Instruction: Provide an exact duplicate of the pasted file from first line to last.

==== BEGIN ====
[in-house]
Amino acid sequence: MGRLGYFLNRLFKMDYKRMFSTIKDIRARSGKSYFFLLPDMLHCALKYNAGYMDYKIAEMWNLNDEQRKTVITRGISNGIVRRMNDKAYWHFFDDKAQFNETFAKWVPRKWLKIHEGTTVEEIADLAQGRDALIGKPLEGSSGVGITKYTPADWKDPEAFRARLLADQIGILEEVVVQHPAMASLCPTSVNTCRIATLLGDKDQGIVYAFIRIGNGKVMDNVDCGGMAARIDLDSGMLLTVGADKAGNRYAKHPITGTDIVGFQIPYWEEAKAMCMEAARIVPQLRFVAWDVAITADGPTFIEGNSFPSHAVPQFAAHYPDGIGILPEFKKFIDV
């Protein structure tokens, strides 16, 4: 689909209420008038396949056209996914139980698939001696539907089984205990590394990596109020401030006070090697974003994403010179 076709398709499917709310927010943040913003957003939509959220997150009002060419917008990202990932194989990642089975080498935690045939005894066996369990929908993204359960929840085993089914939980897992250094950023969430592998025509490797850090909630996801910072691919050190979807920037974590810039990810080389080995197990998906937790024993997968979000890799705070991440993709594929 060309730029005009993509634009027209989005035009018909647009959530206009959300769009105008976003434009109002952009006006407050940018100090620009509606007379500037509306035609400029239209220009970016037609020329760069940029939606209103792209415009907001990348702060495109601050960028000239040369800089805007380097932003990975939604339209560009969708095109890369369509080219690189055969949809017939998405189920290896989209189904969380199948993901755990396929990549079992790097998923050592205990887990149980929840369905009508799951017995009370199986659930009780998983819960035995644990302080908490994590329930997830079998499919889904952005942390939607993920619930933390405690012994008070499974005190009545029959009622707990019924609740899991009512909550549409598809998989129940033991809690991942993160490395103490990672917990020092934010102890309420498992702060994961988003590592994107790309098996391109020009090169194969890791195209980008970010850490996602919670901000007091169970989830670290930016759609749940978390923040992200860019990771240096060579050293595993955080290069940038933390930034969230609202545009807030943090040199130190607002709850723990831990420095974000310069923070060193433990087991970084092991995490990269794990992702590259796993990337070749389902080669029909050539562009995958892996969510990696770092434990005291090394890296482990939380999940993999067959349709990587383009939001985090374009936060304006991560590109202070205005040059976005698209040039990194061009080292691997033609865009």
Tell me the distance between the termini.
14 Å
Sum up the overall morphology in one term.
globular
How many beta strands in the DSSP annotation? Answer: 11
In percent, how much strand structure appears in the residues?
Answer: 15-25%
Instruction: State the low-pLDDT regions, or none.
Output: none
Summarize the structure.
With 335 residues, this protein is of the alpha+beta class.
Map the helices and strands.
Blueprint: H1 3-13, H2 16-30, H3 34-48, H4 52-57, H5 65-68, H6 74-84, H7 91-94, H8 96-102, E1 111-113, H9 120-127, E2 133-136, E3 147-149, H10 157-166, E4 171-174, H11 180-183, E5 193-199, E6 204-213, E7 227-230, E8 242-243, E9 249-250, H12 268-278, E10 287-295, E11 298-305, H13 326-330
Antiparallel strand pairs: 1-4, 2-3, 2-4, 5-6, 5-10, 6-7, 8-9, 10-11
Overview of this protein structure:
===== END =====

[in-house]
Amino acid sequence: MGRLGYFLNRLFKMDYKRMFSTIKDIRARSGKSYFFLLPDMLHCALKYNAGYMDYKIAEMWNLNDEQRKTVITRGISNGIVRRMNDKAYWHFFDDKAQFNETFAKWVPRKWLKIHEGTTVEEIADLAQGRDALIGKPLEGSSGVGITKYTPADWKDPEAFRARLLADQIGILEEVVVQHPAMASLCPTSVNTCRIATLLGDKDQGIVYAFIRIGNGKVMDNVDCGGMAARIDLDSGMLLTVGADKAGNRYAKHPITGTDIVGFQIPYWEEAKAMCMEAARIVPQLRFVAWDVAITADGPTFIEGNSFPSHAVPQFAAHYPDGIGILPEFKKFIDV
């Protein structure tokens, strides 16, 4: 689909209420008038396949056209996914139980698939001696539907089984205990590394990596109020401030006070090697974003994403010179 076709398709499917709310927010943040913003957003939509959220997150009002060419917008990202990932194989990642089975080498935690045939005894066996369990929908993204359960929840085993089914939980897992250094950023969430592998025509490797850090909630996801910072691919050190979807920037974590810039990810080389080995197990998906937790024993997968979000890799705070991440993709594929 060309730029005009993509634009027209989005035009018909647009959530206009959300769009105008976003434009109002952009006006407050940018100090620009509606007379500037509306035609400029239209220009970016037609020329760069940029939606209103792209415009907001990348702060495109601050960028000239040369800089805007380097932003990975939604339209560009969708095109890369369509080219690189055969949809017939998405189920290896989209189904969380199948993901755990396929990549079992790097998923050592205990887990149980929840369905009508799951017995009370199986659930009780998983819960035995644990302080908490994590329930997830079998499919889904952005942390939607993920619930933390405690012994008070499974005190009545029959009622707990019924609740899991009512909550549409598809998989129940033991809690991942993160490395103490990672917990020092934010102890309420498992702060994961988003590592994107790309098996391109020009090169194969890791195209980008970010850490996602919670901000007091169970989830670290930016759609749940978390923040992200860019990771240096060579050293595993955080290069940038933390930034969230609202545009807030943090040199130190607002709850723990831990420095974000310069923070060193433990087991970084092991995490990269794990992702590259796993990337070749389902080669029909050539562009995958892996969510990696770092434990005291090394890296482990939380999940993999067959349709990587383009939001985090374009936060304006991560590109202070205005040059976005698209040039990194061009080292691997033609865009």
Tell me the distance between the termini.
14 Å
Sum up the overall morphology in one term.
globular
How many beta strands in the DSSP annotation? Answer: 11
In percent, how much strand structure appears in the residues?
Answer: 15-25%
Instruction: State the low-pLDDT regions, or none.
Output: none
Summarize the structure.
With 335 residues, this protein is of the alpha+beta class.
Map the helices and strands.
Blueprint: H1 3-13, H2 16-30, H3 34-48, H4 52-57, H5 65-68, H6 74-84, H7 91-94, H8 96-102, E1 111-113, H9 120-127, E2 133-136, E3 147-149, H10 157-166, E4 171-174, H11 180-183, E5 193-199, E6 204-213, E7 227-230, E8 242-243, E9 249-250, H12 268-278, E10 287-295, E11 298-305, H13 326-330
Antiparallel strand pairs: 1-4, 2-3, 2-4, 5-6, 5-10, 6-7, 8-9, 10-11
Overview of this protein structure: